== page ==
Ron J. Feldman - Senior Financial Specialist
Published December 1, 1996 | December 1996 issue
Fannie Mae and Freddie Mac are the two largest government-sponsored enterprises (GSEs) and suppliers of funds to the one- to four-family housing market in America. A GSE is a privately owned, federally chartered corporation that operates nationally with specialized lending powers. The Congress creates GSEs to correct perceived failures in private credit markets. To assist GSEs in achieving their goals, Congress provides them with explicit subsidies. Fannie Mae and Freddie Mac, for example, do not pay state and local income tax on their earnings. More important are the implicit subsidies that GSEs receive. Although the federal government has disavowed any legal responsibility for their financial obligations, markets behave as if the federal government would almost surely make good on GSEs' obligations if the GSE could not. This saves the GSEs money by allowing them to borrow at an interest rate that is only slightly above the rate available to the U.S. Treasury.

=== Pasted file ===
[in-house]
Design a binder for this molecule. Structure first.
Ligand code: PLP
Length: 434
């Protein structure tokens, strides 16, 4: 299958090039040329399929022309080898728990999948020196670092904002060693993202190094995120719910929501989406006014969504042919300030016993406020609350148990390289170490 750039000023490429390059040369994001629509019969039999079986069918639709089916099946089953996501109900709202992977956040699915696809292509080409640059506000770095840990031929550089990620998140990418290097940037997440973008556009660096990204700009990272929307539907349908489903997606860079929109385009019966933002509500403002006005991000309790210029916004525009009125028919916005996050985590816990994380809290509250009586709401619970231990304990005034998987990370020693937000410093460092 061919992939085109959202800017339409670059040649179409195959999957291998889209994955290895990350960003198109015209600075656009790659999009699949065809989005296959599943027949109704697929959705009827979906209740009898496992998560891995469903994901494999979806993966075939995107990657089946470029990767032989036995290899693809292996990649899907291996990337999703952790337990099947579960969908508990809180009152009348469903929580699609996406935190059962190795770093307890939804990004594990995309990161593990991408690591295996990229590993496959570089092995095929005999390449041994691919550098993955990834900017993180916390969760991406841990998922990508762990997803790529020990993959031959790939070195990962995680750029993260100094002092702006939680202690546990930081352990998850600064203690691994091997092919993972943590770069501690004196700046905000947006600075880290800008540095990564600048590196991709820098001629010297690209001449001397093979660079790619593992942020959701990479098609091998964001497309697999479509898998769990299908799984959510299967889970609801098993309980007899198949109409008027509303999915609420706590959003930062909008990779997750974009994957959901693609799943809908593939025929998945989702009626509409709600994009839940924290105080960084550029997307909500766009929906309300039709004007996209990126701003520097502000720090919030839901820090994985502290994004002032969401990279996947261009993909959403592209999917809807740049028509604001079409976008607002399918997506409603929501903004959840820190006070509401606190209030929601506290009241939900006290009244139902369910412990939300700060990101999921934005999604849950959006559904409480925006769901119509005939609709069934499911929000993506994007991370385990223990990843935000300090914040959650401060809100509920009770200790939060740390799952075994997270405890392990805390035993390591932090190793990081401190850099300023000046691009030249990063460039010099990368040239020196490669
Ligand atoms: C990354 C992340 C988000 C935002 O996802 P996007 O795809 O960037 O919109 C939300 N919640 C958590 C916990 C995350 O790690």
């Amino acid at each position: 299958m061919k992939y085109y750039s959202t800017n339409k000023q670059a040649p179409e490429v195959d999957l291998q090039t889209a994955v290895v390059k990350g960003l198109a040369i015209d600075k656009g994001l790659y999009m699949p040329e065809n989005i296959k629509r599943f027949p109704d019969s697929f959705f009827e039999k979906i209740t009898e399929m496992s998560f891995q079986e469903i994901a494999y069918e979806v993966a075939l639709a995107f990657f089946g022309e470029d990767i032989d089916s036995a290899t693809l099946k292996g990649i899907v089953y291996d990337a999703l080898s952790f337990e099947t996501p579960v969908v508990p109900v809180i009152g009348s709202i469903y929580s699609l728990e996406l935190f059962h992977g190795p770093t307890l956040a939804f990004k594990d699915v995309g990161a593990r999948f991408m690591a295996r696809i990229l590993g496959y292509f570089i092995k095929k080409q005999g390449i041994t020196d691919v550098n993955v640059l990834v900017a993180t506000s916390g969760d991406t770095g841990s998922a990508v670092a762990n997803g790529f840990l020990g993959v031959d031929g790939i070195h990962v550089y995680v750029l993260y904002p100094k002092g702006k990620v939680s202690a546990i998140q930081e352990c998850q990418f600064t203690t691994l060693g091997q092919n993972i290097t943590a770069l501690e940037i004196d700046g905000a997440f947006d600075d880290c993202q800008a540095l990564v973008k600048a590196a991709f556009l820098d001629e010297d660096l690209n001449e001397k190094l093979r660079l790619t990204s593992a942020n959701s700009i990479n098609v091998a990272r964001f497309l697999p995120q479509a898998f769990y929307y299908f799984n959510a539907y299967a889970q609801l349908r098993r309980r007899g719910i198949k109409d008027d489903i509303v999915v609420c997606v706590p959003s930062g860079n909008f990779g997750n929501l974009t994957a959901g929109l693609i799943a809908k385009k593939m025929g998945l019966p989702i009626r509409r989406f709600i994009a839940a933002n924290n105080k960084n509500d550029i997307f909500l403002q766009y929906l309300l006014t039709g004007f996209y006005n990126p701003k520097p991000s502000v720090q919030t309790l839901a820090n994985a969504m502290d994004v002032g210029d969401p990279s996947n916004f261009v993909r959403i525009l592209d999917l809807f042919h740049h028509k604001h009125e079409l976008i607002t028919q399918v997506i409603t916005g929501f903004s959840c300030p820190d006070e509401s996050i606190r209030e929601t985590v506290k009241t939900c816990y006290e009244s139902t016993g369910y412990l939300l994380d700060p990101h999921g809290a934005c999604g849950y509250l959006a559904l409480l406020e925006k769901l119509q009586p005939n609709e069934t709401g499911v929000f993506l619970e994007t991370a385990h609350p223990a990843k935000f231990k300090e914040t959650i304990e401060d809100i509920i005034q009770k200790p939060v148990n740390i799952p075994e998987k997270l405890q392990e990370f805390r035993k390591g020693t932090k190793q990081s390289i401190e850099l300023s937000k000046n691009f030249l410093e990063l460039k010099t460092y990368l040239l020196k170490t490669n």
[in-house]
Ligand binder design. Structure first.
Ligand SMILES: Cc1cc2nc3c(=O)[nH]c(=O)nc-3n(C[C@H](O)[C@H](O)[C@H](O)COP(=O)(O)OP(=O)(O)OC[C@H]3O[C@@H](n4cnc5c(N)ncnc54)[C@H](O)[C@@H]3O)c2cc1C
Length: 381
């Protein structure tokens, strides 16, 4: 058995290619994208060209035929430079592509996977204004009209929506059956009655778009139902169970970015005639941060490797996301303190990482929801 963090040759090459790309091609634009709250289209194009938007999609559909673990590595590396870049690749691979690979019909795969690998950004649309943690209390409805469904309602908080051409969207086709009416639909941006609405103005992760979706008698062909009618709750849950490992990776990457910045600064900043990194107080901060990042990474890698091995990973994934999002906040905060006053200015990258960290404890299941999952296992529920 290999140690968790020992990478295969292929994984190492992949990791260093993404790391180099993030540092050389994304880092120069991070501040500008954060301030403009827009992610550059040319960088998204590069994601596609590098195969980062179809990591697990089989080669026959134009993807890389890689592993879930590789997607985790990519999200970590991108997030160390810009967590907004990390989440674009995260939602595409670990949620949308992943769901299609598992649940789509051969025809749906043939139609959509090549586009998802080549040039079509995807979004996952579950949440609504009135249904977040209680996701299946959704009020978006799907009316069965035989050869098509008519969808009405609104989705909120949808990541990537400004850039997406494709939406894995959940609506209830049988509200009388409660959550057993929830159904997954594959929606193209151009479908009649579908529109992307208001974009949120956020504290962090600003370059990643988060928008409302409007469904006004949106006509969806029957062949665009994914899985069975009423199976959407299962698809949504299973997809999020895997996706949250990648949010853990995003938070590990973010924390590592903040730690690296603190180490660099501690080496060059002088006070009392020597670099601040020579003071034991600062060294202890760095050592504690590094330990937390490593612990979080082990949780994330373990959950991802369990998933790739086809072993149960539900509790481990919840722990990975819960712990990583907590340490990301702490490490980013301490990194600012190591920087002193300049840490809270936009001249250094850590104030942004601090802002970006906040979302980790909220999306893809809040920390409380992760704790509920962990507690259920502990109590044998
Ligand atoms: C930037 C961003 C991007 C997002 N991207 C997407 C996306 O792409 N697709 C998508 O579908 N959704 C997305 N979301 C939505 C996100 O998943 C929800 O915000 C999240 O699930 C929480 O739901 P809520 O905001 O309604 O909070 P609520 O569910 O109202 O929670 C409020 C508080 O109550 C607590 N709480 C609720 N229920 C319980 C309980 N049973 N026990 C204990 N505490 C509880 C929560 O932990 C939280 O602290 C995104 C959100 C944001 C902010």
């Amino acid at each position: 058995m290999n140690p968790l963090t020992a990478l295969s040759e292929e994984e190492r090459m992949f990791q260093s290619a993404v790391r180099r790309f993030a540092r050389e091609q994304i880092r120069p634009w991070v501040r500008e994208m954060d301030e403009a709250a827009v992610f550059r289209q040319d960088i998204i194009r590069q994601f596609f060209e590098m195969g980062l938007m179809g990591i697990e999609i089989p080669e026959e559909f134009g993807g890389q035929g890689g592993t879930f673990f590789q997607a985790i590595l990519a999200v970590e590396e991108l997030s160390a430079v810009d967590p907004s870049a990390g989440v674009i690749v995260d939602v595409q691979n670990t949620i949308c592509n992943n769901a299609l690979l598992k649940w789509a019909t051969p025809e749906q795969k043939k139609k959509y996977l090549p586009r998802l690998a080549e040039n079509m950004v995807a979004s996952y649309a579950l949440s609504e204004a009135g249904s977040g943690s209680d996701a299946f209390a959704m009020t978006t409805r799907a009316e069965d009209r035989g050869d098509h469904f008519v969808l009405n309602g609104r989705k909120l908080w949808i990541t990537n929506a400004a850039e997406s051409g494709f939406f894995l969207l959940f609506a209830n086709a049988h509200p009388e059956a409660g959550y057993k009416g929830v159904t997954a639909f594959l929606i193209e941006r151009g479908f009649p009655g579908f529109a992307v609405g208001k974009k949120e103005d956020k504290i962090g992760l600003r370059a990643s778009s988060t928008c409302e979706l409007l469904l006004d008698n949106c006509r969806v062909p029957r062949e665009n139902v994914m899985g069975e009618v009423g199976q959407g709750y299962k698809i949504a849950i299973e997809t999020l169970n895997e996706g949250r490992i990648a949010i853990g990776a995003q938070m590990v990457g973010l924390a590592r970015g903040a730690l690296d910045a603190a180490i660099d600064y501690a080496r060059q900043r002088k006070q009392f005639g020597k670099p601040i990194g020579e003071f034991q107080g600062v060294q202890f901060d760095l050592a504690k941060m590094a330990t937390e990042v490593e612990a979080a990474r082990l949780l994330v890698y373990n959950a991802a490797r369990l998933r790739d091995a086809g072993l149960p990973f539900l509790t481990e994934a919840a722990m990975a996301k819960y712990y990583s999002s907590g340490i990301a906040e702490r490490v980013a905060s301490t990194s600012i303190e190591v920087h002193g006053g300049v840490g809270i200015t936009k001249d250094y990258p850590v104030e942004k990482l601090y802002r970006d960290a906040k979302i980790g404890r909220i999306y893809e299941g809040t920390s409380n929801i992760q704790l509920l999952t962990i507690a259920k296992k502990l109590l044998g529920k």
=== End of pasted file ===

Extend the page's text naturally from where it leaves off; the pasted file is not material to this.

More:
Fannie and Freddie provide funds to the housing market by borrowing money on national capital markets and using the funds to purchase mortgages on the secondary market. Fannie and Freddie cannot finance mortgages above the conforming limit ($214,600 in 1997 for one- to four-family mortgages) or mortgages that do not meet certain credit standards. Nonetheless, the scale of Fannie and Freddie's operations are substantial; they had financed about 36 percent of all one- to four-family housing debt outstanding as of June 1996-more than the entire commercial banking system.